The product featured was provided free of cost to me for the sole purpose of product testing and review. Please note that any personal opinions reflected in this post are my own and have not been influenced by the sponsor in any way.
The Deluxe Baby Sign Language Kit, bundles together everything you need to get started with signing in one box, at a steep discount. The kit includes: Baby Sign Language Guide Book; Baby Sign Language Dictionary; Baby Sign Language Flash Cards; and Baby Sign Language Wall Chart.
I will start off by saying that I’m not a fan of sign language becoming a trend for babies as it seems to in the past several years. I do think it is a very useful tool in helping babies and toddlers develop language skills, but I find it very inappropriate to use as a mimicking monkey teaching tool – in other words, parents who want their child to communicate so badly that they teach them signs without really teaching the meaning behind the communication. I have had these feelings since baby sign language became very trendy around the year my 8 year old was born. Now that I have a deaf 14-month-old son, my feelings have become even stronger.
With that being said, I truly believe in the Deluxe Baby Sign Language Kit as a necessary tool for parents who are serious about building a sign language vocabulary with an emotional connection behind it. Let’s start with one of my favorite aspects of the kit: the Baby Sign Language Guide Book. This kit gives both the ‘whys’ and ‘hows’ of teaching sign language to babies. I love that it explains the parent-child relationship as one of teaching, and how teaching sign language is an amazing opportunity to build that teaching and coaching relationship. The book also specifically making signs memorable for baby. It explains the importance of using signs that are significant to baby and his life, rather than simply having him learn and mimic signs. As parents, we need to teach the emotional connection between words and our environment. This is as true for sign language as it is for spoken language. It was refreshing to see the book emphasize this. I have made my rounds through many, many baby sign language kits and have yet to see one mention this important aspect of signing.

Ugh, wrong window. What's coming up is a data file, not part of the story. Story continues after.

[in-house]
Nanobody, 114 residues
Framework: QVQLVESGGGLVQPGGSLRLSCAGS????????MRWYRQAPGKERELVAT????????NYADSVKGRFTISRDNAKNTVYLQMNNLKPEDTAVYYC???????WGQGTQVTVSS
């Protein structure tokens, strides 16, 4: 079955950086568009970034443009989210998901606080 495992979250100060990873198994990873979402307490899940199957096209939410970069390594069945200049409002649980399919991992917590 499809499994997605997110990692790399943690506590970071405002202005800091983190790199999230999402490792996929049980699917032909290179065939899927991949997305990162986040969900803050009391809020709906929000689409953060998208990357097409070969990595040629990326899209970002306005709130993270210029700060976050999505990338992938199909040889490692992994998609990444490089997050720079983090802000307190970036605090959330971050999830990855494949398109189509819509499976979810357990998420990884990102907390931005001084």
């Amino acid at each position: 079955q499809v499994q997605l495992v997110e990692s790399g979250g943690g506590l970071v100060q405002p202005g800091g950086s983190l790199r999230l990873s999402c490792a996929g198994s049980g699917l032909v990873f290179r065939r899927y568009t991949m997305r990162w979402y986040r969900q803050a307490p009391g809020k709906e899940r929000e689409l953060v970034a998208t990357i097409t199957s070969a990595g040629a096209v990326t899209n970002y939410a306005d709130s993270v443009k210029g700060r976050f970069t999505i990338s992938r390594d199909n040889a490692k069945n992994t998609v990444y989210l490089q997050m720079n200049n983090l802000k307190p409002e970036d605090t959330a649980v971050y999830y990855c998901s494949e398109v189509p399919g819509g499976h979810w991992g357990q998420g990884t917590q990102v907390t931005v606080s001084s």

I personally don’t have much use for the Baby Sign Language Wall Chart, since A. it’s pretty big and we don’t have much wall space to use it, and B. we already know all of the signs on it. However, I’m sure it could be useful for a beginning family just learning to sign, which is who this kit is essentially made for. I can see the wall chart being a perfect addition to a family room or play room where it will easily be seen by all members of the family. It features the key signs for beginners to learn, such as Mom, Dad, Grandma, Grandpa, book, and ball.
The Baby Sign Language Official Reference Dictionary is a wonderful addition to the library of any family learning sign language with a baby. I love that the most important signs you will need to teach your beginning signer are featured, but also more advanced signs are included, such as ‘don’t like’ or ‘don’t want’, so it grows with you and baby. It’s also alphabetized so you can quickly flip back and forth between signs you are trying to find!
My only complaint with the dictionary is that some of the signs are very hard to distinguish from the illustrations. ‘Sink’ and ‘triplet’, for example, are definitely not clear to me from these illustrations. For the more complex signs, it might have been helpful to show photos of an actual person completing each step of the sign rather than an illustration. However, most of the signs are clear and easy to understand.
I did run into this problem with a few of the Baby Sign Language Flash Cards as well because they use the same illustrations. Overall, though, this set of flash cards is by far the best I’ve found for signing with babies and toddlers. It can be difficult finding a set of flash cards with a simple photo or illustration and no backgrounds or busy coloring, let alone simple flash cards with the sign on the back! This is the first set I’ve found that fits both aspects. With babies and toddlers, you want to pull them in to focus on the object you’re signing. These flash cards have a plain, white background with a simple photo of each one on the front and the word spelled out. On the back is the sign, so you don’t have to worry about flipping through the dictionary to find out the sign. These flash cards make it about as easy as it can possibly be to first connect your baby with the sign for an object, allowing you to build on this connection with different pictures of the same object once he becomes more advanced.
I highly recommend the Deluxe Baby Sign Language Kit to both beginner and intermediate signing families who truly want to teach their babies the language of signing. The kit has so much to offer both parent and child. The kit can currently be bought for $39.95 on BabySignLanguage.com!